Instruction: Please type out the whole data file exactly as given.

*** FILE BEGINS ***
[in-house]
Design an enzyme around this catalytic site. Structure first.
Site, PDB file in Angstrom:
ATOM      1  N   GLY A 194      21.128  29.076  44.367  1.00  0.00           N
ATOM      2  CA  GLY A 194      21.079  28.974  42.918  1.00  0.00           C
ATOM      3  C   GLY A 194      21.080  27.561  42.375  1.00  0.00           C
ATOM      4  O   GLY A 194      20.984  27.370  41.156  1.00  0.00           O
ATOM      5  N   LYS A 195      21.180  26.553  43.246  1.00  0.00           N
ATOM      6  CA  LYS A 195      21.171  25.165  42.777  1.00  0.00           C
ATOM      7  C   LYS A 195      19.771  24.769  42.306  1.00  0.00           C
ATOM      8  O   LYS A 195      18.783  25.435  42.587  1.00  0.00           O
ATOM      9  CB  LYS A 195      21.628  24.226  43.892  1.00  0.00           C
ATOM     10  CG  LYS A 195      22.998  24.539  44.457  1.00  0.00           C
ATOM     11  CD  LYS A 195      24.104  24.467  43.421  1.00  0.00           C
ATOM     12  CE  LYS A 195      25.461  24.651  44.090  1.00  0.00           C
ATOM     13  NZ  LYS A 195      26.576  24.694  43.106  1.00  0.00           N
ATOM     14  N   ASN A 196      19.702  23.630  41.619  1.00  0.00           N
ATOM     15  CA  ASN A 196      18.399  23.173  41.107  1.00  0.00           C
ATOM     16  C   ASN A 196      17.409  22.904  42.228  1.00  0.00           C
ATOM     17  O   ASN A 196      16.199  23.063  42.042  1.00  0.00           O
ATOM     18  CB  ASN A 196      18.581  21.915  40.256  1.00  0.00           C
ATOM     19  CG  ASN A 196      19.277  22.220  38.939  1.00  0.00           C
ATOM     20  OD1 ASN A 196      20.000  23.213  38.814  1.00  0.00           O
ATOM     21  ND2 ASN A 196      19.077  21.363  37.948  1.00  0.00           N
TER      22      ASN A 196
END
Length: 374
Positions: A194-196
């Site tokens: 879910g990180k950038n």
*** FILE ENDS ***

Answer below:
[in-house]
Design an enzyme around this catalytic site. Structure first.
Site, PDB file in Angstrom:
ATOM      1  N   GLY A 194      21.128  29.076  44.367  1.00  0.00           N
ATOM      2  CA  GLY A 194      21.079  28.974  42.918  1.00  0.00           C
ATOM      3  C   GLY A 194      21.080  27.561  42.375  1.00  0.00           C
ATOM      4  O   GLY A 194      20.984  27.370  41.156  1.00  0.00           O
ATOM      5  N   LYS A 195      21.180  26.553  43.246  1.00  0.00           N
ATOM      6  CA  LYS A 195      21.171  25.165  42.777  1.00  0.00           C
ATOM      7  C   LYS A 195      19.771  24.769  42.306  1.00  0.00           C
ATOM      8  O   LYS A 195      18.783  25.435  42.587  1.00  0.00           O
ATOM      9  CB  LYS A 195      21.628  24.226  43.892  1.00  0.00           C
ATOM     10  CG  LYS A 195      22.998  24.539  44.457  1.00  0.00           C
ATOM     11  CD  LYS A 195      24.104  24.467  43.421  1.00  0.00           C
ATOM     12  CE  LYS A 195      25.461  24.651  44.090  1.00  0.00           C
ATOM     13  NZ  LYS A 195      26.576  24.694  43.106  1.00  0.00           N
ATOM     14  N   ASN A 196      19.702  23.630  41.619  1.00  0.00           N
ATOM     15  CA  ASN A 196      18.399  23.173  41.107  1.00  0.00           C
ATOM     16  C   ASN A 196      17.409  22.904  42.228  1.00  0.00           C
ATOM     17  O   ASN A 196      16.199  23.063  42.042  1.00  0.00           O
ATOM     18  CB  ASN A 196      18.581  21.915  40.256  1.00  0.00           C
ATOM     19  CG  ASN A 196      19.277  22.220  38.939  1.00  0.00           C
ATOM     20  OD1 ASN A 196      20.000  23.213  38.814  1.00  0.00           O
ATOM     21  ND2 ASN A 196      19.077  21.363  37.948  1.00  0.00           N
TER      22      ASN A 196
END
Length: 374
Positions: A194-196
């Site tokens: 879910g990180k950038n």